Doccla, a health tech start-up selling remote patient monitoring platforms to hospitals for running virtual wards, has reportedly closed a ~$17 million (£15 million) Series A funding round after raising a $3.3M seed last year.

US VC General Catalyst headed this Series A round, along with participation from funds led by healthcare investors - KHP Ventures (an alliance between King’s College London, King’s College Hospital NHS Foundation Trust, as well as Guy’s and St Thomas’ NHS Foundation Trust).

Prevailing investor, Giant Ventures, who earlier headed the seed round, and Speedinvest also funded the Series A, following which MD at General Catalyst, Chris Bischoff, would join the board.

Apparently, the Series A funding will be leveraged to further develop the tech stack for supporting the deployment of more medical devices into its electronic healthcare record systems and patient monitoring platform.

It will also be used for data analytics and AI to extend clinical capacity and availability to suffice the demand for virtual hospitals for lowering the pressure on healthcare systems.

According to Doccla, some of its clients currently include several NHS trusts across the U.K., comprising Cambridgeshire Community Services, Northampton General Hospital, and Hertfordshire Community Trust.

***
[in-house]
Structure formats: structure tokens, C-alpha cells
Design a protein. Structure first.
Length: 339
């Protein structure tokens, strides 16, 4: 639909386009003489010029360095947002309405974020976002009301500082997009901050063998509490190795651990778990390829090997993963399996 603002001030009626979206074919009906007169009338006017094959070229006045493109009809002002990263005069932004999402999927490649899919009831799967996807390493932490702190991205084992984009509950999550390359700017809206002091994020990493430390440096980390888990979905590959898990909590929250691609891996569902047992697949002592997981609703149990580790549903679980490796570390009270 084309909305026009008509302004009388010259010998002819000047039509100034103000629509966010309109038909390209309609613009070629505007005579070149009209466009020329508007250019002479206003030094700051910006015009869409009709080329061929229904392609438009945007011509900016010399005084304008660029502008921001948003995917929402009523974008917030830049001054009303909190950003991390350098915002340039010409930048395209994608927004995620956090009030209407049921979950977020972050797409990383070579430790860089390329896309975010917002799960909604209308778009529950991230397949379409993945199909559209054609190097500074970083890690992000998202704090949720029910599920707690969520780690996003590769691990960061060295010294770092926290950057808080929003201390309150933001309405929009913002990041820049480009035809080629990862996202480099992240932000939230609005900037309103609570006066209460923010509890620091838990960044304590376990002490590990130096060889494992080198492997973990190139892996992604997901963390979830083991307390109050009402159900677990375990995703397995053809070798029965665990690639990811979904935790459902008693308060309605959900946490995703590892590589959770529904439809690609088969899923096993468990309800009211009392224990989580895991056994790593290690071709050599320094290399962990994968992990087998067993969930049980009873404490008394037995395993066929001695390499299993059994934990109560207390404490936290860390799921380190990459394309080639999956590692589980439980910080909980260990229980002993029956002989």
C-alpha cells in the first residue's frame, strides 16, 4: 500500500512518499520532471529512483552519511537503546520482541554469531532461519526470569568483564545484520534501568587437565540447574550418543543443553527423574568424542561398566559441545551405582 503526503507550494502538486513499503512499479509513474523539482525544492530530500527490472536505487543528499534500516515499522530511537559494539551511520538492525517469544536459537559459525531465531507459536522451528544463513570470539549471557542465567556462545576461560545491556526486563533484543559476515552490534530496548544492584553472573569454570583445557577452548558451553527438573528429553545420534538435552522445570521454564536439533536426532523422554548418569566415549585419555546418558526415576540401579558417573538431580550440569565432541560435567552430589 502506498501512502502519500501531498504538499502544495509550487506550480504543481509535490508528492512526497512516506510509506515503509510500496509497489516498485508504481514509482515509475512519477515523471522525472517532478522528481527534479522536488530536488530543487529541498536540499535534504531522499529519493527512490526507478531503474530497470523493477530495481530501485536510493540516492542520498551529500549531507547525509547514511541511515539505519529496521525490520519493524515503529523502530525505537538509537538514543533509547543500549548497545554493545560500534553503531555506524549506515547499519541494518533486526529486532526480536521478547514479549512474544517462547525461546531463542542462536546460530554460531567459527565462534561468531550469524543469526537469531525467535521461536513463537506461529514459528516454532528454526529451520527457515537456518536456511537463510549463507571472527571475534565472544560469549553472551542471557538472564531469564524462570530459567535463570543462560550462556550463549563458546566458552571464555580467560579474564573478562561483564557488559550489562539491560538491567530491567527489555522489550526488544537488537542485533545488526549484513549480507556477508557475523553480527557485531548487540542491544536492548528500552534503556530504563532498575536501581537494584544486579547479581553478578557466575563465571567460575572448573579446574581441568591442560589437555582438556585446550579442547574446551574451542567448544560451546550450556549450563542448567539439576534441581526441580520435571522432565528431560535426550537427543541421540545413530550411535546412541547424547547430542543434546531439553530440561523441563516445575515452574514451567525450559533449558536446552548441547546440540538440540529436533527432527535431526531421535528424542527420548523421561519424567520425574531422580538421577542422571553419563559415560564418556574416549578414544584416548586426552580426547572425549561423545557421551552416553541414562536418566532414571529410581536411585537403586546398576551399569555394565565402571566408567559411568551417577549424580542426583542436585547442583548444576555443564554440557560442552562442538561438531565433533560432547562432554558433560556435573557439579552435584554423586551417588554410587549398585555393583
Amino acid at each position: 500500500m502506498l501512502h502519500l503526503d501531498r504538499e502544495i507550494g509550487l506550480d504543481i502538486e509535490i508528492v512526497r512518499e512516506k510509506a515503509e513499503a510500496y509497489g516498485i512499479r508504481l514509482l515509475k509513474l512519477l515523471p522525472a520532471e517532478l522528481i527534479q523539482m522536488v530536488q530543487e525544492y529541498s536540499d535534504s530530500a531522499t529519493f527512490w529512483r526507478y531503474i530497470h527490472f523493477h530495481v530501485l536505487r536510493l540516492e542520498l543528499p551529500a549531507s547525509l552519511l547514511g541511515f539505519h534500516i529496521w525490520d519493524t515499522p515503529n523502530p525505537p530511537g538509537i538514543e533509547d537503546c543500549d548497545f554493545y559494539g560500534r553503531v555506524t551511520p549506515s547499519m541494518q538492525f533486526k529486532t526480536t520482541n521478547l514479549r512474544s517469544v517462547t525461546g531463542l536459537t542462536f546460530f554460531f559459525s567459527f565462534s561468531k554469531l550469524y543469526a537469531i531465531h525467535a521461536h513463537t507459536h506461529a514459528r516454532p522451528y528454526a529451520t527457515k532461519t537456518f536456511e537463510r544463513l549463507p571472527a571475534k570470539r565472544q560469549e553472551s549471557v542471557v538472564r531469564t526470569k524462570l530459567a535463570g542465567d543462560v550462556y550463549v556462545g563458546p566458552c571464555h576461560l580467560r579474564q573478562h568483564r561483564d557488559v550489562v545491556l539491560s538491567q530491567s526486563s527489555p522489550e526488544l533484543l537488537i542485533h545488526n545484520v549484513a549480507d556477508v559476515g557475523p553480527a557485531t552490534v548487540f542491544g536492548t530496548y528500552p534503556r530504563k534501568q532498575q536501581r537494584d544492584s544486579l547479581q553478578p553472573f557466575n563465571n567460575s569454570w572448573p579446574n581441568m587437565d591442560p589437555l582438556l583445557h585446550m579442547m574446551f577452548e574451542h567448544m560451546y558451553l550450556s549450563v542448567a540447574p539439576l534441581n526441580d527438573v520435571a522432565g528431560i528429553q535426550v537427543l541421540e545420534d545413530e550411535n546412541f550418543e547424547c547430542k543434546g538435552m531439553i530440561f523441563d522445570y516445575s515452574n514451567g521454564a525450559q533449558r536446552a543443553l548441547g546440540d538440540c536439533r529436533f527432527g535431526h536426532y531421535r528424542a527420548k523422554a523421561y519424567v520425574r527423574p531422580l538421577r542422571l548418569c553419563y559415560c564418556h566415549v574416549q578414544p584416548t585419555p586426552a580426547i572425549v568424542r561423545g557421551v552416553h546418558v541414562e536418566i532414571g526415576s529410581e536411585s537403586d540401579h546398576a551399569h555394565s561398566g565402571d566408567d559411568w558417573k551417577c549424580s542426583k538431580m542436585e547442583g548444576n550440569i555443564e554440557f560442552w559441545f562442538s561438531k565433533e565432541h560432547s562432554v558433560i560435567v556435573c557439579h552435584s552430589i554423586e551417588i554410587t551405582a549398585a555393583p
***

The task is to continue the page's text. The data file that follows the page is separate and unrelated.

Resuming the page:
It mentions Huma, Current Health, and Docobo as competitors in the country, however co-founder Martin Ratz stated that there are three key areas where they would offer something completely distinct.

Apparently, Doccla, the start-up founded in 2019, unveiled its remote patient monitoring service during the pandemic but claims to hold a presence in a fifth, accounting for 20% of all ICS (Integrated Care Systems) in the U.K., taking patient intake from 20+ hospitals.

It further reveals to have monitored 50,000+ patients in total till today.

For the unversed, the platform enables the clinical staff to monitor the important signs of those under treatment remotely from the hospital continuously or intermittently.

This has helped make the hospital beds available for new patients who can be admitted by providing early discharge via at-home monitoring.

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